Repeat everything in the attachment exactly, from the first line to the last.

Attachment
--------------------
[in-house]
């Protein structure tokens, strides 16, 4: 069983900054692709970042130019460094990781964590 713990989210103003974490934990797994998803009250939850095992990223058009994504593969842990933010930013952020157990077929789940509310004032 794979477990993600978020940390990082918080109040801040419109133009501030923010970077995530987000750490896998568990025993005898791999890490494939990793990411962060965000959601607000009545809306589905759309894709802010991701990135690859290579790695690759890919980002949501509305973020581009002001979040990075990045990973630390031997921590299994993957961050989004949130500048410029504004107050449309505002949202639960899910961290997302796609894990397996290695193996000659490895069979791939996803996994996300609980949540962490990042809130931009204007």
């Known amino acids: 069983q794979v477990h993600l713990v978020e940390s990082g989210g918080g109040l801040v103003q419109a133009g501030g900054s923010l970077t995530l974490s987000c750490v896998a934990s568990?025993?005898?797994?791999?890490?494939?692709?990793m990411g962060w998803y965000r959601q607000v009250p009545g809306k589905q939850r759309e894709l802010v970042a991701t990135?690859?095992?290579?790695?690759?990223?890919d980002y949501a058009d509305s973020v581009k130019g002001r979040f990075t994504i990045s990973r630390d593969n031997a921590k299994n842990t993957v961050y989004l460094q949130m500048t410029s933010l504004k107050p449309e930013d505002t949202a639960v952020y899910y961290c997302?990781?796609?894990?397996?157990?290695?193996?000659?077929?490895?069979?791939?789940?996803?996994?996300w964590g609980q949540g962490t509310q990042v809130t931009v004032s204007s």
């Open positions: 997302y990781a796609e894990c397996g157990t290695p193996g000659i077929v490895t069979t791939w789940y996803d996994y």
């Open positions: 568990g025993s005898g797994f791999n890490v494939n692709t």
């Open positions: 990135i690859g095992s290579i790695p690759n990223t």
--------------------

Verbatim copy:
[in-house]
């Protein structure tokens, strides 16, 4: 069983900054692709970042130019460094990781964590 713990989210103003974490934990797994998803009250939850095992990223058009994504593969842990933010930013952020157990077929789940509310004032 794979477990993600978020940390990082918080109040801040419109133009501030923010970077995530987000750490896998568990025993005898791999890490494939990793990411962060965000959601607000009545809306589905759309894709802010991701990135690859290579790695690759890919980002949501509305973020581009002001979040990075990045990973630390031997921590299994993957961050989004949130500048410029504004107050449309505002949202639960899910961290997302796609894990397996290695193996000659490895069979791939996803996994996300609980949540962490990042809130931009204007």
């Known amino acids: 069983q794979v477990h993600l713990v978020e940390s990082g989210g918080g109040l801040v103003q419109a133009g501030g900054s923010l970077t995530l974490s987000c750490v896998a934990s568990?025993?005898?797994?791999?890490?494939?692709?990793m990411g962060w998803y965000r959601q607000v009250p009545g809306k589905q939850r759309e894709l802010v970042a991701t990135?690859?095992?290579?790695?690759?990223?890919d980002y949501a058009d509305s973020v581009k130019g002001r979040f990075t994504i990045s990973r630390d593969n031997a921590k299994n842990t993957v961050y989004l460094q949130m500048t410029s933010l504004k107050p449309e930013d505002t949202a639960v952020y899910y961290c997302?990781?796609?894990?397996?157990?290695?193996?000659?077929?490895?069979?791939?789940?996803?996994?996300w964590g609980q949540g962490t509310q990042v809130t931009v004032s204007s």
């Open positions: 997302y990781a796609e894990c397996g157990t290695p193996g000659i077929v490895t069979t791939w789940y996803d996994y």
């Open positions: 568990g025993s005898g797994f791999n890490v494939n692709t």
């Open positions: 990135i690859g095992s290579i790695p690759n990223t």